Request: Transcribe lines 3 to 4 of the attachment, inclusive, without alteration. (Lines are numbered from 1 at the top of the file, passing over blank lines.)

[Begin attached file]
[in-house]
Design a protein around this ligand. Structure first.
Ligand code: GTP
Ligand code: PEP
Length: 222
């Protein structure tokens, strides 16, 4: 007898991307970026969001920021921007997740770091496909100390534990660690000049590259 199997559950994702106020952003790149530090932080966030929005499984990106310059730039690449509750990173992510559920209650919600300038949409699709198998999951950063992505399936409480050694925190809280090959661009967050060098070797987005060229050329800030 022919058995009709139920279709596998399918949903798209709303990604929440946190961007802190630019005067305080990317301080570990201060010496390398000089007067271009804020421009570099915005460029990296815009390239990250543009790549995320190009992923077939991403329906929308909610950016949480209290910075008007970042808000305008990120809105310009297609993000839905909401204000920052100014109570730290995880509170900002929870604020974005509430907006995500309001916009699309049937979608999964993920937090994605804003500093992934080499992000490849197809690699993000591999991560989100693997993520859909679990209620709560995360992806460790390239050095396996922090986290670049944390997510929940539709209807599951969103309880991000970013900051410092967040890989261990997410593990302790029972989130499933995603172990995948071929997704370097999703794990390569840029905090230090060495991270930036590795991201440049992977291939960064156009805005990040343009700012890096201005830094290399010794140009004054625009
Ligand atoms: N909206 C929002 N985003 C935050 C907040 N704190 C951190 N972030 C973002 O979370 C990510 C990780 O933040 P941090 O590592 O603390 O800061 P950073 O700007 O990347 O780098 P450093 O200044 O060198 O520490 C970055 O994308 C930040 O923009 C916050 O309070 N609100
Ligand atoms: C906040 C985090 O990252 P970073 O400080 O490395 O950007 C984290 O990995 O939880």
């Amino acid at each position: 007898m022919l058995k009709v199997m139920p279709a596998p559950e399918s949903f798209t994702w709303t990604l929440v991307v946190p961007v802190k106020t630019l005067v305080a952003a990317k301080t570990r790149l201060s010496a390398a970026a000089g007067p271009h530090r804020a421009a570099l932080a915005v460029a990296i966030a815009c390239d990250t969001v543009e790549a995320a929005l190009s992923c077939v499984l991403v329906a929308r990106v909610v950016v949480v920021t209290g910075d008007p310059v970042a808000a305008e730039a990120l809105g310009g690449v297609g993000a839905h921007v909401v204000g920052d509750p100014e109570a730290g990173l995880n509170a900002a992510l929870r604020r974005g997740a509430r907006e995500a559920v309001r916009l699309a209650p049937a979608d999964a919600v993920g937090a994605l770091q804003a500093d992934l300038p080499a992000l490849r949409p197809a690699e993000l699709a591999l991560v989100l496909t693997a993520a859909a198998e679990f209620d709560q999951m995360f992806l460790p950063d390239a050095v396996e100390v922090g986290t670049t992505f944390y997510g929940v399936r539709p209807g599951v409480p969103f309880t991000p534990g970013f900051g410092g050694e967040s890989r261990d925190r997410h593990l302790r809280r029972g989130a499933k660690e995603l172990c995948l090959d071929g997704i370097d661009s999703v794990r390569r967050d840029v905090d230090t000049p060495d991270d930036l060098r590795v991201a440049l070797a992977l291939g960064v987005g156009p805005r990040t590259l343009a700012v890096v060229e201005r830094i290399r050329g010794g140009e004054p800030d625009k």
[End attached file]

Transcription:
Ligand code: GTP
Ligand code: PEP